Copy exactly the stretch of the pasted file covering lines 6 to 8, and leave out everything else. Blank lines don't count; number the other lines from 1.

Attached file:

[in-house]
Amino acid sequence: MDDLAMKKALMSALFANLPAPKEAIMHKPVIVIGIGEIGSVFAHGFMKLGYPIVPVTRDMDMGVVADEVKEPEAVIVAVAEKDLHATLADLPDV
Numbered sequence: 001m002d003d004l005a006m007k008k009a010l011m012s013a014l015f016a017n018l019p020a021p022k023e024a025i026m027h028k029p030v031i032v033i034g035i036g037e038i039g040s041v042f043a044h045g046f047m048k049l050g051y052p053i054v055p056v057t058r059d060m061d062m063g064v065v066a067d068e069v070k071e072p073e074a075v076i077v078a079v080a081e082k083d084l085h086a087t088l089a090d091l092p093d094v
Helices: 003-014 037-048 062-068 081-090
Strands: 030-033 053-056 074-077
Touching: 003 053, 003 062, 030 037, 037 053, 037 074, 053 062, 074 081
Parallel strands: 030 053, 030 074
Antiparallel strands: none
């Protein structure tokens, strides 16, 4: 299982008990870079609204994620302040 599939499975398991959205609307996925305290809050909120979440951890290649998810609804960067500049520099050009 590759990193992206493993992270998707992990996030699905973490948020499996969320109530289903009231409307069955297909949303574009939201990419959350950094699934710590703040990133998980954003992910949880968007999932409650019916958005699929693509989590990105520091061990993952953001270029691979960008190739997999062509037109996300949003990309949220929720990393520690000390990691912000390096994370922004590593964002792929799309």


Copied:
Touching: 003 053, 003 062, 030 037, 037 053, 037 074, 053 062, 074 081
Parallel strands: 030 053, 030 074
Antiparallel strands: none